Big sky son

Credit: Don Casper

The latest offering from Fort Collins-based singer-songwriter Cary Morin was inspired by paintings from his Montana childhood of an American West that was wild, beautiful, and populated by his Indigenous ancestors.

“This land is talking to me,” he sings in “Big Sky Goes Down,” the warm and sweeping opening track on his rich new folk-blues album Innocent Allies. “Sounds become familiar, yet they fade from memory. Nothing is ordinary when the big sky sun goes down.”

Each song on his new full-length LP, slated for a planned release this fall, was written by Morin as a sort of partner to a series of paintings by Charlie Russell that were ubiquitous in the Big Sky Country of Morin’s youth. The works were featured in magazines in big Eastern cities to show what was going on in the mystical and mythical West. Russell’s art, for better or worse, inspired many white people to move to the so-called “frontier.”

“He ended up hating that, because he wanted Montana to stay exactly like it was,” Morin says. “He hated the fact that people came and cut it up and plowed it under and, in his eyes, ruined what was already perfect.”

Morin, a Crow tribal member with Assiniboine Sioux and Black heritage, was born in Billings and grew up surrounded by Russell’s paintings in Great Falls, where the painter kept a home studio until his death in 1926. He even went to Charlie Russell High School.

“I didn’t think much about it at the time, how we were growing up in a place where we were completely surrounded by his work,” Morin says. “All of our parents had his prints or sculptures. It was literally everywhere — all around town, the businesses. The state capitol has the most gigantic mural that he ever made, in the chambers.”

A few years ago, Morin was thinking about writing and recording an album inspired by Russell’s artwork, and the slowed-down pace of the pandemic turned out to be the perfect time.

“I was trying to think, ‘How can I use … everything that I have at my disposal at home?’ That was the time when we were all at home trying to figure out, ‘What am I going to do?’ and ‘When is this going to end?’ We had no idea. There was no expiration date,” he says. “I thought, ‘I know all these paintings from when I was a child.’ My dad had all these books — Charlie Russell books.”

‘He painted my childhood playground’

Morin’s son dropped his grandfather’s books off for Morin, who pored through them like he did as a kid. His Native American background made identifying with the paintings easy and special, then and now.

“It’s almost like we’re in the paintings. He painted what turned out to be where I grew up, and [where] I rode horses — in the middle of nowhere. I would ride to no place in particular for hours, and just go out in the fields and just wander around. He painted my childhood playground, essentially,” he says. “I looked at a lot of those paintings and I tried to write the backstory to that moment that the painting depicts and what might have happened afterwards. I did that 13 times or something.”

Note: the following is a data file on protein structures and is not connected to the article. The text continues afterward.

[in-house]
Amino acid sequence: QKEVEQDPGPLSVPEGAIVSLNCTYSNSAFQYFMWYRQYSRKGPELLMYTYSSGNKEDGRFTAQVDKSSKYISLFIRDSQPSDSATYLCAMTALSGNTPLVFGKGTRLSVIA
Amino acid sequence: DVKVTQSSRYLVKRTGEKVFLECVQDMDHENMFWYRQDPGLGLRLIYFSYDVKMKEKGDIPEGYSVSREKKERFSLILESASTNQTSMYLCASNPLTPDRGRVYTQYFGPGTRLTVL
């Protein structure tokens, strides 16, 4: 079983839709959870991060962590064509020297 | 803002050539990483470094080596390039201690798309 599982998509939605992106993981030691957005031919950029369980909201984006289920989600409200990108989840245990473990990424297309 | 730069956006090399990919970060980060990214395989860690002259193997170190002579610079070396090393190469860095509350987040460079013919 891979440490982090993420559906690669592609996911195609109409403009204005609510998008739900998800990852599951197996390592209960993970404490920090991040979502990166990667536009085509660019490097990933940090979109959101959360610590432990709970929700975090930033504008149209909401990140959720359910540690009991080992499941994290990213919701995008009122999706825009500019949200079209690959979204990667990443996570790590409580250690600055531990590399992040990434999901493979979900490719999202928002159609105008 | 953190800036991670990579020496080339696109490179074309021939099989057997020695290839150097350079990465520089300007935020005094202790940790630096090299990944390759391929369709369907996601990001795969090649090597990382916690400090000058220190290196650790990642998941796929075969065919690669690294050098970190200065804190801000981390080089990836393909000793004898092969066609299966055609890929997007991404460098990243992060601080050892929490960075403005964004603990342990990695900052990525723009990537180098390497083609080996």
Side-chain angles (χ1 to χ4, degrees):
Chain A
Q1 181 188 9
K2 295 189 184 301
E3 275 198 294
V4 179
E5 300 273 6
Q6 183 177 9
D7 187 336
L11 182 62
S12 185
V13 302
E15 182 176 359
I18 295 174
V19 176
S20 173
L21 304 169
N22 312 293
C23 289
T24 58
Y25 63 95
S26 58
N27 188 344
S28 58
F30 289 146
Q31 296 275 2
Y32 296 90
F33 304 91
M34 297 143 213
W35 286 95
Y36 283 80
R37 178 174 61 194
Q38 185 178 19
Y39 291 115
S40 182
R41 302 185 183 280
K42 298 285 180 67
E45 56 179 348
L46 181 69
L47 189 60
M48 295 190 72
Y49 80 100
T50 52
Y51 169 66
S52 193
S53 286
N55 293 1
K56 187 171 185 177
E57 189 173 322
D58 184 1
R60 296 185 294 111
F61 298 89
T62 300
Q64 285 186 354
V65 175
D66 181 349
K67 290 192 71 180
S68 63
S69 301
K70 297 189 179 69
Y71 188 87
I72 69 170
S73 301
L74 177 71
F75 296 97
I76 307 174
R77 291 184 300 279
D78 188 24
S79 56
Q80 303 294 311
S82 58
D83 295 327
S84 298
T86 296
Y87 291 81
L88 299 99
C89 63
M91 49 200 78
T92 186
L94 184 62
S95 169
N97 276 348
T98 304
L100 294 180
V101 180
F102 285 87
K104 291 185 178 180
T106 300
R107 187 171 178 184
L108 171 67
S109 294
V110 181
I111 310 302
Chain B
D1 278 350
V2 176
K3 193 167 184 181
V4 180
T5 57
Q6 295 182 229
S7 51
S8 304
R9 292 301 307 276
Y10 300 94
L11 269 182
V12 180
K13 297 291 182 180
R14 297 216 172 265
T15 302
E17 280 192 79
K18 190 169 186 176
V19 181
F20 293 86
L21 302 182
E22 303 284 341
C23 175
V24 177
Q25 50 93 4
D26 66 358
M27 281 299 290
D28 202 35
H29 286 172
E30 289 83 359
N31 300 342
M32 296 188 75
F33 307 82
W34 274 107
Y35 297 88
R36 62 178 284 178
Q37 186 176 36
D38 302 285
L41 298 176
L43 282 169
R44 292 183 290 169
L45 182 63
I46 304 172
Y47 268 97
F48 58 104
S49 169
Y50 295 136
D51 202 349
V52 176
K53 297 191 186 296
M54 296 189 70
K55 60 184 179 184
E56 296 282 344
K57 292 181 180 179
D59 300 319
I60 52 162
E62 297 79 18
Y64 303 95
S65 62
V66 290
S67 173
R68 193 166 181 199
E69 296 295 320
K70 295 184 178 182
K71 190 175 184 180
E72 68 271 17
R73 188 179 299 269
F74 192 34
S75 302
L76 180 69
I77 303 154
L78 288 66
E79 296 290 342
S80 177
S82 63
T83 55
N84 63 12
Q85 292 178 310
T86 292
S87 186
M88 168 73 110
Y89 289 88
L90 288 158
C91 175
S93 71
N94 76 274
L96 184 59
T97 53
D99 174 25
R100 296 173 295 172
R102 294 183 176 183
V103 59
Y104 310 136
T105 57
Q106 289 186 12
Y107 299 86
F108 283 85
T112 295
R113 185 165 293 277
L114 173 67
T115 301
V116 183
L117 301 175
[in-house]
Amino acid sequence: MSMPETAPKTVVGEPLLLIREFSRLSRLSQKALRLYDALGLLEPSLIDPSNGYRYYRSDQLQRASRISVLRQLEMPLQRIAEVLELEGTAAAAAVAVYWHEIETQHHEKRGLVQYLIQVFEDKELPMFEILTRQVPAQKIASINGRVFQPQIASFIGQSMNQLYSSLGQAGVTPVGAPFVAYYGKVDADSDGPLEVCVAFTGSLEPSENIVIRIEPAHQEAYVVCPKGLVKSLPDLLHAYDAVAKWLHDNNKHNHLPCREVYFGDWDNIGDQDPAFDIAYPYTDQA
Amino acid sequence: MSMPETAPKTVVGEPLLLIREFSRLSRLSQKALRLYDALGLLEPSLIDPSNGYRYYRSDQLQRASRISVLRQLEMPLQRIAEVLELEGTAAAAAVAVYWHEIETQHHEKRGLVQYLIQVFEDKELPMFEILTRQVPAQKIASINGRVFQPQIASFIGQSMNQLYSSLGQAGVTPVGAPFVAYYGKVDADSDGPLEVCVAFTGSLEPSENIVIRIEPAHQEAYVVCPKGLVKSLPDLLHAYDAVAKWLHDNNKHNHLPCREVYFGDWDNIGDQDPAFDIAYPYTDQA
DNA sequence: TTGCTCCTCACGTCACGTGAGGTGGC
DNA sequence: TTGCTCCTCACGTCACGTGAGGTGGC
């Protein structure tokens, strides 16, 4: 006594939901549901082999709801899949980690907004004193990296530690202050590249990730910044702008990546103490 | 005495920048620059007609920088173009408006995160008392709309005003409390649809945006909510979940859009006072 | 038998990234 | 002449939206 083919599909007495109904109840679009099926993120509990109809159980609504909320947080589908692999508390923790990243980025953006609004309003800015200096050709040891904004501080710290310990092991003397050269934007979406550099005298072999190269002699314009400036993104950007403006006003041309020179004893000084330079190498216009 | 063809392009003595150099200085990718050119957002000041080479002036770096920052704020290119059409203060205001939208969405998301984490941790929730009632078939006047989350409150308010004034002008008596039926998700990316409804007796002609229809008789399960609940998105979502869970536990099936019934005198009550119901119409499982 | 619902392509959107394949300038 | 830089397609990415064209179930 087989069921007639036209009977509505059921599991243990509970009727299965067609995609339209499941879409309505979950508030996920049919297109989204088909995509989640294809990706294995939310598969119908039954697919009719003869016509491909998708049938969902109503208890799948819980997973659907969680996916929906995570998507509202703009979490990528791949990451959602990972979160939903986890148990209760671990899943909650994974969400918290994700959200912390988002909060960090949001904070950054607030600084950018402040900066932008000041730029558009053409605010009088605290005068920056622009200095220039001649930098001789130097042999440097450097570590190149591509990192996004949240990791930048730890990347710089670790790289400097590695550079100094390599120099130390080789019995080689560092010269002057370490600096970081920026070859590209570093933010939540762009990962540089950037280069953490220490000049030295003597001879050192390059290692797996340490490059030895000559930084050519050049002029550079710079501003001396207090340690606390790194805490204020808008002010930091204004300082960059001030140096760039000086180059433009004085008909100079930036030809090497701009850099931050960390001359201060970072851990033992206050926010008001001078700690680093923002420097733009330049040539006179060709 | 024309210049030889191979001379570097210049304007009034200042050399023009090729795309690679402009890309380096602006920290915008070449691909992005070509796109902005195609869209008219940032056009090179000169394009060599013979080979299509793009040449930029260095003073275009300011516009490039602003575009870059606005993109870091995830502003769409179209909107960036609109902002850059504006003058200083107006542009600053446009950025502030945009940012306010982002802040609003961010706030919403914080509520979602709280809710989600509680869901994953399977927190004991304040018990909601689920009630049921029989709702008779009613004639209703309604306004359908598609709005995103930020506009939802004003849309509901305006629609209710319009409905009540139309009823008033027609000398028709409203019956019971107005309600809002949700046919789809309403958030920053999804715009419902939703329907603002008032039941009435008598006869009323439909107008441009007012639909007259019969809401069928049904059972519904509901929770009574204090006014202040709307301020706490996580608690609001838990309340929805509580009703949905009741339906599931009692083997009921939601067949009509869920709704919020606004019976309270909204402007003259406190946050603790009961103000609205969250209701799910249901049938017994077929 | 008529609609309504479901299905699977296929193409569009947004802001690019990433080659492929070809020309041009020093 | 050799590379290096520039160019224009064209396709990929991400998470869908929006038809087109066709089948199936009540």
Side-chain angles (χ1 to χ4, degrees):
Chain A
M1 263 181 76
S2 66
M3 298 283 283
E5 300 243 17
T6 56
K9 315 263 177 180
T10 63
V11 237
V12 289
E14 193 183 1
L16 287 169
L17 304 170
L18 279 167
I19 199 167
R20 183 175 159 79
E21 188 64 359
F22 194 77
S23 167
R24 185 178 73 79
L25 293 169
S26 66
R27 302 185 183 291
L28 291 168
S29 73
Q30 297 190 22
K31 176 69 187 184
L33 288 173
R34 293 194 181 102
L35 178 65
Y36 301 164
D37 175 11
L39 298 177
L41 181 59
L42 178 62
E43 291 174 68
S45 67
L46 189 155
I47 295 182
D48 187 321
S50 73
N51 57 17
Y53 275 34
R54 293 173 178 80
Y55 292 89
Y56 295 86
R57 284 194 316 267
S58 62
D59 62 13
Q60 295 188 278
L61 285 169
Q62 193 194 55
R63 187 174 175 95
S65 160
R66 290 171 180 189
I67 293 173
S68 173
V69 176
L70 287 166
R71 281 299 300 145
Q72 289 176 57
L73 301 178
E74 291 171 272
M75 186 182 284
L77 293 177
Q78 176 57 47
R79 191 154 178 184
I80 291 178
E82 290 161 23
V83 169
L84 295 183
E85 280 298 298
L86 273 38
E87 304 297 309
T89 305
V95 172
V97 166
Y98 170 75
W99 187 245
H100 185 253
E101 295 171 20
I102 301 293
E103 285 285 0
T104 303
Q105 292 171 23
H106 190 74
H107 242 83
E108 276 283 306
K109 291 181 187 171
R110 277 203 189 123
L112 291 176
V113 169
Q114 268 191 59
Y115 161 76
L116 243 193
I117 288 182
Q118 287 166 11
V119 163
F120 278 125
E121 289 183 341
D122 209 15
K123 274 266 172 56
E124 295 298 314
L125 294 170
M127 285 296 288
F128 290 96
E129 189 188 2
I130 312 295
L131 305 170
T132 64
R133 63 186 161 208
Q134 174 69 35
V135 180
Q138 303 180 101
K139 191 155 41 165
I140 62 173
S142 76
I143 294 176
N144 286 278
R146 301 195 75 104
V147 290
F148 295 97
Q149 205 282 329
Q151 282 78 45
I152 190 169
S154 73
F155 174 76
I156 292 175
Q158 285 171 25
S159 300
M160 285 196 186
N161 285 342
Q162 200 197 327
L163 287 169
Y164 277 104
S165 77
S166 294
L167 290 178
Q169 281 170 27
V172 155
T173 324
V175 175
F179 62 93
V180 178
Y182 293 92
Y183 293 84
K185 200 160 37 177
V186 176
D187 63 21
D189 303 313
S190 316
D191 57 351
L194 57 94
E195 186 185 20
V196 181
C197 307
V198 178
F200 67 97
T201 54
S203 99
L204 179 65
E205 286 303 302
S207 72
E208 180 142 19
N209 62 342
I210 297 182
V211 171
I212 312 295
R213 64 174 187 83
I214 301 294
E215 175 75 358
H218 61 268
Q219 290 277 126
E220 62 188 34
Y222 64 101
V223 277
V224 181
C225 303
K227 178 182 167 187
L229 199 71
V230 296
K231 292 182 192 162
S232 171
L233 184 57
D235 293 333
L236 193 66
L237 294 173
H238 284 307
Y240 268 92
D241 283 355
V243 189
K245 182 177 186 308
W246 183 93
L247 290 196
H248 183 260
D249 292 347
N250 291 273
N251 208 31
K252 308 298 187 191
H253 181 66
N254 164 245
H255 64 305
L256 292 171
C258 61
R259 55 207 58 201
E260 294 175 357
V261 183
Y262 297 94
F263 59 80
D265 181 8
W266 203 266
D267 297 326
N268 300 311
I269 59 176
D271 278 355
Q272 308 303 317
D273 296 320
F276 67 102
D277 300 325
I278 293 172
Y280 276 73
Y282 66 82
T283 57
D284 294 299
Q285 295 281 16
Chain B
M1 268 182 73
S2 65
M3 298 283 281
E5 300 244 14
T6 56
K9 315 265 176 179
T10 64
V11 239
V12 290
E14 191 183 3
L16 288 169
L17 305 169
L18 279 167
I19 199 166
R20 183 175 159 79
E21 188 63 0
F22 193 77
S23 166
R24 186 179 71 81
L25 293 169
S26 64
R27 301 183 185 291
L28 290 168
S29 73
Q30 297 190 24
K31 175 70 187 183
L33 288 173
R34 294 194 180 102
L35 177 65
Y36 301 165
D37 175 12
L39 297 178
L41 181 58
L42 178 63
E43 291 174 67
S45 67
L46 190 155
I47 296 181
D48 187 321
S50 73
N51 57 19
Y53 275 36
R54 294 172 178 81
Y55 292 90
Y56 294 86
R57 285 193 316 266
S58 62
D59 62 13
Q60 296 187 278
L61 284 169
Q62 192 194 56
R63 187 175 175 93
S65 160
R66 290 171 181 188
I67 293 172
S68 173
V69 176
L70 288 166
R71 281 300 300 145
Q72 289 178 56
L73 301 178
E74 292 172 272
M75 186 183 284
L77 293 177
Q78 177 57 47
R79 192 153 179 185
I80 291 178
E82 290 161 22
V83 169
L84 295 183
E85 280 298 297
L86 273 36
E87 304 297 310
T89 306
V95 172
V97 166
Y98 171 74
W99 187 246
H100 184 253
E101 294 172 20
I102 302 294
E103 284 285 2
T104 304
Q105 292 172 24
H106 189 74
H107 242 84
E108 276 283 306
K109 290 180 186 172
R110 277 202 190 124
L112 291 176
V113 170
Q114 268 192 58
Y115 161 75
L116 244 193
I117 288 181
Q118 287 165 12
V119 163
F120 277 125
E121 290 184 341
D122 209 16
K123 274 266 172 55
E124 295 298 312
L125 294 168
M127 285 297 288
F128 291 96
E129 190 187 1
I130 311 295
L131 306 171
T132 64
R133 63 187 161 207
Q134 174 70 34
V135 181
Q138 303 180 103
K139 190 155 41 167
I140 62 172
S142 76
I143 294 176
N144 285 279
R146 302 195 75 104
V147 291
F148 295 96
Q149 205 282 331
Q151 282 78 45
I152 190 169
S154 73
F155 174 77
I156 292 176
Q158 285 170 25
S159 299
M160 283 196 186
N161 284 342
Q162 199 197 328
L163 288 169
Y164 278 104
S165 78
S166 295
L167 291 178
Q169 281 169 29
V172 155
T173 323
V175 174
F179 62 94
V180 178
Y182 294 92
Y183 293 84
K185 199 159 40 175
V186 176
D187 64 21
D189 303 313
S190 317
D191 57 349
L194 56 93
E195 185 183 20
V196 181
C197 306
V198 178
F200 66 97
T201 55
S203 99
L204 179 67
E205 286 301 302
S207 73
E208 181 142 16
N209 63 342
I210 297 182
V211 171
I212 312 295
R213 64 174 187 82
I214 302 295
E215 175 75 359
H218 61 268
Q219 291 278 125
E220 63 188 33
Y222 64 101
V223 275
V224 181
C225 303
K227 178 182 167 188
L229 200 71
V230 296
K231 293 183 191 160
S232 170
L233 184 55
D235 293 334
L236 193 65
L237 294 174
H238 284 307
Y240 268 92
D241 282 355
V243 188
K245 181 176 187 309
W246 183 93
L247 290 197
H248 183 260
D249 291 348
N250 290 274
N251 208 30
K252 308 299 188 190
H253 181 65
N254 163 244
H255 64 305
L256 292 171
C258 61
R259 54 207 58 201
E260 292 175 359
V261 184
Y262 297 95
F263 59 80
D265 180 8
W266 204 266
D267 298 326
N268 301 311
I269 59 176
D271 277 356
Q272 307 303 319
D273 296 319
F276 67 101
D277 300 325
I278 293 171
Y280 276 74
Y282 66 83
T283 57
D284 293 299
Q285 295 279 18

That “13 times or something” resulted in Innocent Allies, his ninth record — the title of which refers to horses. Morin’s guitar playing is famously gorgeous, soulful and intricate, matched with a depth of songwriting that takes listeners on an easygoing, poignant and affecting road trip through the Montana of Charlie Russell’s time.

Morin has been in Fort Collins for many years and now tours the United States incessantly with his wife and musical collaborator, Celeste, after traveling the world as a sideman for singer-songwriter and storyteller Pura Fé. He says he’s “trying to create a narrative” for the release of Innocent Allies, exploring the possibility of packaging the record with extensive liner notes and perhaps even reproductions of Russell’s paintings.

As that unfolds, he and Celeste will be on the road — Wyoming, Nebraska, California, Montana and beyond — listening to what the land has to say.

“The relationship between me and the land includes everywhere I’ve been, all the way from New Mexico up to Canada along the Rocky Mountains … and the Black Hills and that area, too,” Morin says. “It’s all had a huge influence on what I do, and the songs I’ve written and the guitar styles I’ve tried to pursue. It’s all rolled up in this kind of weird, long history of keeping all those things in mind while trying to drive 90 miles an hour with a coffee and a cigarette.”

ON THE BILL: Cary Morin. 8 p.m. Friday, July 14, Oskar Blues Grill & Brew, 303 Main St., Lyons. Free